Boating Collision Statistics - Causes and Fatalities

Boating Accidents – Causes and Fatalities

Last updated Wednesday, August 17th, 2022

Boating Accidents – Causes and Fatalities

Being out on the water can bring joy like no other. There’s fresh air, fun, and fish. However, boating collision statistics are the last thing on your mind, and what began as a marine joyride can turn traumatic in a split second. One minute you’re enjoying the time of your life. The next minute you could be fighting for your life.

A boat crash can leave a watery trail of death and destruction. And if that boating accident could have been prevented, lingering questions can bring emotions to the boiling point. What could have caused such a catastrophe?

Shuman Legal® investigates how these accidents happen. We’re committed to seeking justice for those who can’t fight for themselves. If you were injured in a boating accident because of another’s negligence, we can help!

Boating Collision Statistics

Let’s dive into some harsh realities. You may be itching to get your sea legs, but the best boating adventures are met with caution.

Each year, the United States Coast Guard collects boating accident data. What’s especially staggering is that the Coasties don’t necessarily know about every single crash. The following are some alarming statistics for 2021, courtesy of the USCG:

  • There were 4,439 accidents resulting in 658 fatalities.
  • Drowning produced most of those fatalities (81 percent) in cases where the cause of death was determined.
  • A reported 83 percent of drowning victims weren’t wearing life jackets.
  • Alcohol continues to lead the pack in contributing to boat fatalities. When accident causes were established, 16 percent were due to the use of this substance.
  • When training was known, 75 percent of deaths happened when would-be skippers had no type of boating safety education.

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Frequency of Injuries

Just because you make it out of a boating accident alive doesn’t necessarily mean smooth sailing. Anything from sprained ankles to devastating injuries can occur in watercraft accidents.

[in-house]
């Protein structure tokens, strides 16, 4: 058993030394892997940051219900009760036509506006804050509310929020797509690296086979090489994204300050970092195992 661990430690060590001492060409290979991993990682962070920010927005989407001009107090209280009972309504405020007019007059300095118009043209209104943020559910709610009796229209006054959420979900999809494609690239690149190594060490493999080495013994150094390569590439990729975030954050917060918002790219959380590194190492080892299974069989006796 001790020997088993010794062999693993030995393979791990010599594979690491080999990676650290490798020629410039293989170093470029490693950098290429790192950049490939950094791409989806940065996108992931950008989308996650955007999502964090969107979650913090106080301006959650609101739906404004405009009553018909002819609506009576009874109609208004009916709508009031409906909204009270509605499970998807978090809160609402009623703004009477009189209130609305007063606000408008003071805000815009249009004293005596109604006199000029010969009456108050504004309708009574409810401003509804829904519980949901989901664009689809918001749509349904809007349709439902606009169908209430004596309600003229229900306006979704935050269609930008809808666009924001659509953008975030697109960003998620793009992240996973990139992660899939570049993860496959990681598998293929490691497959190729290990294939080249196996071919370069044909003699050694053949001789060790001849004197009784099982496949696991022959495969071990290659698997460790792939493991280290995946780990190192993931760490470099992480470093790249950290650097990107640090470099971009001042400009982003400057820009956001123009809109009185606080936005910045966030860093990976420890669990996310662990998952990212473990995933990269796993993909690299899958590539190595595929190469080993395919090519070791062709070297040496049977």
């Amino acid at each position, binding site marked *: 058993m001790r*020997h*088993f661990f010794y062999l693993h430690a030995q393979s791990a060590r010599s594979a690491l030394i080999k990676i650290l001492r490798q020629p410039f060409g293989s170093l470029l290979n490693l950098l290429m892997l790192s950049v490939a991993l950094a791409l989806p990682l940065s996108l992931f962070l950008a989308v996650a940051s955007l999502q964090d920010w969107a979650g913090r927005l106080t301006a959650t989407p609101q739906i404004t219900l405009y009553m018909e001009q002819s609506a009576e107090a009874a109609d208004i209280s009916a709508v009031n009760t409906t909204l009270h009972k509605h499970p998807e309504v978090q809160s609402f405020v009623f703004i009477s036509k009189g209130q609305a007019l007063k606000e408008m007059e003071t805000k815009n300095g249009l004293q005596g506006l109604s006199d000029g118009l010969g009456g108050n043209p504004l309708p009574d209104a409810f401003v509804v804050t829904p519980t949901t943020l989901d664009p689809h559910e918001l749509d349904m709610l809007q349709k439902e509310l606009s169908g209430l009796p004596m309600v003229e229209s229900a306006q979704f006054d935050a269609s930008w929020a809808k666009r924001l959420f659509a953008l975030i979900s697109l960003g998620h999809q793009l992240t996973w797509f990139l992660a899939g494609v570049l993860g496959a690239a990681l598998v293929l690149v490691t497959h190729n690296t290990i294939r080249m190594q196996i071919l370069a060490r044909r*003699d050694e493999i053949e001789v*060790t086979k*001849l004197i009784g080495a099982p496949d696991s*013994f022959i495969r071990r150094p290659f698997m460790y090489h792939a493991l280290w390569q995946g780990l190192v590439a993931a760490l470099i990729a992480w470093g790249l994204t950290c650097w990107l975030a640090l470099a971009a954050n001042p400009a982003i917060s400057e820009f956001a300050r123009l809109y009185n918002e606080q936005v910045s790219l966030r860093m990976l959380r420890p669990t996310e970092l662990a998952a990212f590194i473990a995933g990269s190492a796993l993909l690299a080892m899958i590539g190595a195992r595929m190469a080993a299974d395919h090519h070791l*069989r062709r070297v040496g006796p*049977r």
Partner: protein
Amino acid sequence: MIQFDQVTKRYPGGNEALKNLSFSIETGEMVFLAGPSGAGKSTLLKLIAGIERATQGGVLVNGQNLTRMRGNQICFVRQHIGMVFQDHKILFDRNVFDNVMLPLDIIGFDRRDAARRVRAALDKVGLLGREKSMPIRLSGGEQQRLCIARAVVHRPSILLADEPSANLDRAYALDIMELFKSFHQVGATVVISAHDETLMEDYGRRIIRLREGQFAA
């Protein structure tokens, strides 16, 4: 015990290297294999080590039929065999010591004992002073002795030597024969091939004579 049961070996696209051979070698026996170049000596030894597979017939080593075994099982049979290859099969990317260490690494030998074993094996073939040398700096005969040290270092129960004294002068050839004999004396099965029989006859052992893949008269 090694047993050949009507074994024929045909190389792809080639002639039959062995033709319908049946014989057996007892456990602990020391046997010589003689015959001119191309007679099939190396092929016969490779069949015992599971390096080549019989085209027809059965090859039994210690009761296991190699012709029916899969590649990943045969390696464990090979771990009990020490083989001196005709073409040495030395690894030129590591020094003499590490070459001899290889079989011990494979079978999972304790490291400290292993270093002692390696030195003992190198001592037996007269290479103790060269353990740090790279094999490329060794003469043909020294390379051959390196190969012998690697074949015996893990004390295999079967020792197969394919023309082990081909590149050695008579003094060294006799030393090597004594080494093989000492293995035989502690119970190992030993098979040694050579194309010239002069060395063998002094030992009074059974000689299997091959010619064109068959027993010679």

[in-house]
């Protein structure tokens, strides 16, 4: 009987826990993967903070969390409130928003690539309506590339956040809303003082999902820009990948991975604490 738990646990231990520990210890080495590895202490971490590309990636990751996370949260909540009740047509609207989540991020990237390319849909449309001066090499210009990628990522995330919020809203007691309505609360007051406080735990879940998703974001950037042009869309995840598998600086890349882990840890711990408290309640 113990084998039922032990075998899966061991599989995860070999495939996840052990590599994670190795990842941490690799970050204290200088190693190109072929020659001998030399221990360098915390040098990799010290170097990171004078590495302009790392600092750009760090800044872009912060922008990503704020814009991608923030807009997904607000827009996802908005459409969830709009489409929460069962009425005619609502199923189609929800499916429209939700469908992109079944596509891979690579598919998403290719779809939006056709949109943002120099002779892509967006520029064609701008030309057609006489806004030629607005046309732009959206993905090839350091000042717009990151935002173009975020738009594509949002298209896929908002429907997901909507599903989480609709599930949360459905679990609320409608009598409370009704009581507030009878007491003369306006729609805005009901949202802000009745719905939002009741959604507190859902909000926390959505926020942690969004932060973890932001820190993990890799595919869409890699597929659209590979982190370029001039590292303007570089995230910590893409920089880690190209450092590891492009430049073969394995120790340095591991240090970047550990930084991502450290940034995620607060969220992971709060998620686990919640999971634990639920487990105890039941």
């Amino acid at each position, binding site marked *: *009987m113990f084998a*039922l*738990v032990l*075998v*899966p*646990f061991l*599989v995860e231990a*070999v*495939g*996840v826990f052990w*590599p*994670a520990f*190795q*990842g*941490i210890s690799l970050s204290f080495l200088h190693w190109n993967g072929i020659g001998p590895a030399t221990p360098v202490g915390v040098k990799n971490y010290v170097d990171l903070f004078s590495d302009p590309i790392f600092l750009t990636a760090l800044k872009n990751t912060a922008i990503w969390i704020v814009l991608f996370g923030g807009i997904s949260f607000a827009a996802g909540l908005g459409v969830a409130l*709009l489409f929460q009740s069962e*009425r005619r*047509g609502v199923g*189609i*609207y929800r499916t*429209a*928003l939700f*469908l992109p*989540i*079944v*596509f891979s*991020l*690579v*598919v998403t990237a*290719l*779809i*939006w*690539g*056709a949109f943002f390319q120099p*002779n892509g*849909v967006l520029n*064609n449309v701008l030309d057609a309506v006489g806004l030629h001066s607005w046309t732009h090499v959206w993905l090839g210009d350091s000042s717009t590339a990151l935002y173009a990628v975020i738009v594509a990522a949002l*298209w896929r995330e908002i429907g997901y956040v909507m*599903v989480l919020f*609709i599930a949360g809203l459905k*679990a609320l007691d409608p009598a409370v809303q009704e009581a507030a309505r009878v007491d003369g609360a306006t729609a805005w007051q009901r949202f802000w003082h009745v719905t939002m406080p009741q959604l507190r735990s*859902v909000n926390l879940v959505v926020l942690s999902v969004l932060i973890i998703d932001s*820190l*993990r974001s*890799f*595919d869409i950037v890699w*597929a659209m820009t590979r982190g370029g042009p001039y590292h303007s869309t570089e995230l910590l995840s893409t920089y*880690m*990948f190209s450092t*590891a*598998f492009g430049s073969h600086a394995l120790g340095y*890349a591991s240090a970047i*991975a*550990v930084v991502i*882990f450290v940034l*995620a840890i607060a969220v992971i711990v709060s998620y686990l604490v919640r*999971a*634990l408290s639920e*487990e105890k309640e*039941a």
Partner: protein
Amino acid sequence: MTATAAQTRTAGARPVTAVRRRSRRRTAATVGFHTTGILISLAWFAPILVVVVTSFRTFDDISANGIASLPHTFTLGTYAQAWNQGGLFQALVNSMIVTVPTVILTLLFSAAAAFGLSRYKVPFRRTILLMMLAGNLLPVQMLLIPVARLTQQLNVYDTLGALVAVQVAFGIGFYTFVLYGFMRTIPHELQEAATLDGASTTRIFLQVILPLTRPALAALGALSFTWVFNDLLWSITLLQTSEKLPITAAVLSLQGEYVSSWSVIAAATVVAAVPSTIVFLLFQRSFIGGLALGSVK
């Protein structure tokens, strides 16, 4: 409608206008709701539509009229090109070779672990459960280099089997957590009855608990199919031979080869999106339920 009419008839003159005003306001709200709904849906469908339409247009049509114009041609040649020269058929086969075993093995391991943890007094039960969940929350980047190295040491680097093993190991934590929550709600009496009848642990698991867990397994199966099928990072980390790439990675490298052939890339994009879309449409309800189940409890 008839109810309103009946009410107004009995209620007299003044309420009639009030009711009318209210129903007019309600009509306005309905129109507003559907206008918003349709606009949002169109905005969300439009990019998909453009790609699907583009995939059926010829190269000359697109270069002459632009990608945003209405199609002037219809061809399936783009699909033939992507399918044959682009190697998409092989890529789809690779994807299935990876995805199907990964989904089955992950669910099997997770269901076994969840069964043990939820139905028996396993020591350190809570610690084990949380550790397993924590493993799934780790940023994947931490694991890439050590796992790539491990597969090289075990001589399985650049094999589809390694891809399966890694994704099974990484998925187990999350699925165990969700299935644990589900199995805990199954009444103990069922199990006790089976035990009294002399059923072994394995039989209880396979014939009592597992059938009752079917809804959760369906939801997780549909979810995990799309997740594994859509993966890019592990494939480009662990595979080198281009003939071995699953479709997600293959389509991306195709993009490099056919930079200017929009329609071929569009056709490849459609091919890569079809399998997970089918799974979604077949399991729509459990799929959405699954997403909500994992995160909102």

The USCG revealed these boating injury statistics from 2021:

  • Out of the 4,439 accidents that occurred, there were 2,641 injuries and an estimated $67.5 million dollars in property damages.
  • Boating accidents with the highest number of deaths and injuries happened in the warmer months of May, June, July, and August.
  • Most accidents (2,042) occurred and injuries (1,299) happened while boats were in dams, gravel pits, lakes, ponds, or reservoirs.
  • Operators without any boating education were involved in 2,088 accidents, 1,097 injuries, and 242 deaths.
  • Open motorboats were involved in the highest percentage of deaths (44 percent).

All of these statistics may make you wonder how dangerous boating is. Compared to other motor vehicles, operating a boat is actually pretty safe.

Consider this: there were 6,756,000 motor vehicle accidents reported in 2019. The same year there were just over 4,150 boating accidents. Cars and trucks are more widely used than boats. It makes sense that road vehicles are to blame for far more accidents than boats.

What Are the Odds of Dying on a Boat?

Not every boat crash results in death. But don’t go letting your guard down just yet. Behind every watercraft lurks the hint of danger. Keeping a watchful eye on what could happen can make a good skipper great.

Nervous nellies may want to see some figures before hopping aboard that pontoon. There can be times when news coverage seems to be jam-packed with boating tragedies. But what do the numbers say?

The National Highway Traffic Safety Administration (NHTSA) reported that motor vehicle accidents claimed 38,824 lives in 2020. So roughly .012 percent of Americans died due to car crashes based on population figures.

That same year, the fatality rate came out to 6.5 deaths per 100,000 boats. The USCG found that 767 people died in recreational boating accidents. Census data reflects there were 331,449,281 people in 2020. According to these calculations, you have a .000231 percent chance of being killed when boating. Those are pretty low odds.

What Are the Odds of Getting Hit by a Boat?

There are many variables that go into figuring out this answer. Consider these questions: